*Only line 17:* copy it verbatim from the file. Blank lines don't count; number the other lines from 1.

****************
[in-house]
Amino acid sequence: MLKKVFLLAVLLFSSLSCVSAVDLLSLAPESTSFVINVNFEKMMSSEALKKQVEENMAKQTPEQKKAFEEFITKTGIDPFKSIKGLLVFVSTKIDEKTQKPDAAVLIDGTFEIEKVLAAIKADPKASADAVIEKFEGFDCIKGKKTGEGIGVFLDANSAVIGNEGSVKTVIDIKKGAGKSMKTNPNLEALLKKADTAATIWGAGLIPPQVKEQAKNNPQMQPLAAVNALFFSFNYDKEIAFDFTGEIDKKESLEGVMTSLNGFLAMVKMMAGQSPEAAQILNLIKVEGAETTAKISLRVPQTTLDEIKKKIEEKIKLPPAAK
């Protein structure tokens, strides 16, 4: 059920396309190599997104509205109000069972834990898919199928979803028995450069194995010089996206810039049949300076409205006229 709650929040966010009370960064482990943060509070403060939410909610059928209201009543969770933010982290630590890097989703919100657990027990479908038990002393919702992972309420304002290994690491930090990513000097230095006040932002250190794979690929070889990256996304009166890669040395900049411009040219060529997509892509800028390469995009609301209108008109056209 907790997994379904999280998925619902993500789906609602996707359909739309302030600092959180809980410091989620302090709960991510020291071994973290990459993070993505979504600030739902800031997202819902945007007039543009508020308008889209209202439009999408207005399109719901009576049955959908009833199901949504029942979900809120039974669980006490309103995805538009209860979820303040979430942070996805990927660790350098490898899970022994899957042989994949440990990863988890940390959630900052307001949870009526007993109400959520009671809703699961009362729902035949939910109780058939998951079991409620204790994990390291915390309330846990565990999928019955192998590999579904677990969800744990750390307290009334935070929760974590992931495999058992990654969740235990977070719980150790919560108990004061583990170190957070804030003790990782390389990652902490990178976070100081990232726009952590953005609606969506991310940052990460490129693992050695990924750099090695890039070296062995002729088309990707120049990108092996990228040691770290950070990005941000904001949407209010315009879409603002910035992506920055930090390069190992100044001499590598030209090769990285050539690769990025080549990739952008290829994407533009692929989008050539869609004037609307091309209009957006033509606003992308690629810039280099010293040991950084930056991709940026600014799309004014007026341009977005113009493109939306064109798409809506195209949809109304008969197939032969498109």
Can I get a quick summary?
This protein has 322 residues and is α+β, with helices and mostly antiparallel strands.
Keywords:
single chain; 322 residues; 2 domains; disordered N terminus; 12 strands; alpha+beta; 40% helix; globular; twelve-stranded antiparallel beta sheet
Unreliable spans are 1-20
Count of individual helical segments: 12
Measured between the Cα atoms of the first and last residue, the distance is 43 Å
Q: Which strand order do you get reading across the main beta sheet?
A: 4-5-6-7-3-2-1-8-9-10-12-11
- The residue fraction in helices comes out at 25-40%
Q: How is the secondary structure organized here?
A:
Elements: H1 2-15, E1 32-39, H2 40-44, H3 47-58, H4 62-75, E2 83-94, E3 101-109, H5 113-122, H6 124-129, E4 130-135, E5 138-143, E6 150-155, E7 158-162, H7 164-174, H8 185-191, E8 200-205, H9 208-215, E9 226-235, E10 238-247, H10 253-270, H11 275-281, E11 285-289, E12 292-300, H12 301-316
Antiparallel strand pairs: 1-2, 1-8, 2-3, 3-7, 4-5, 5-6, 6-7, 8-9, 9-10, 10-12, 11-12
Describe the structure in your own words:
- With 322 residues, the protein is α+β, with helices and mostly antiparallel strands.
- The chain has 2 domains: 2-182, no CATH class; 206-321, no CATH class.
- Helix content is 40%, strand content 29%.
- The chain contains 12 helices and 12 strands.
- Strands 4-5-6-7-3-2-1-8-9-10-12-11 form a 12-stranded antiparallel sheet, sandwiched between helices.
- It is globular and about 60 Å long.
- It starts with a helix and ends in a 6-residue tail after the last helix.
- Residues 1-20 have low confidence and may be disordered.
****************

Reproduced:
Antiparallel strand pairs: 1-2, 1-8, 2-3, 3-7, 4-5, 5-6, 6-7, 8-9, 9-10, 10-12, 11-12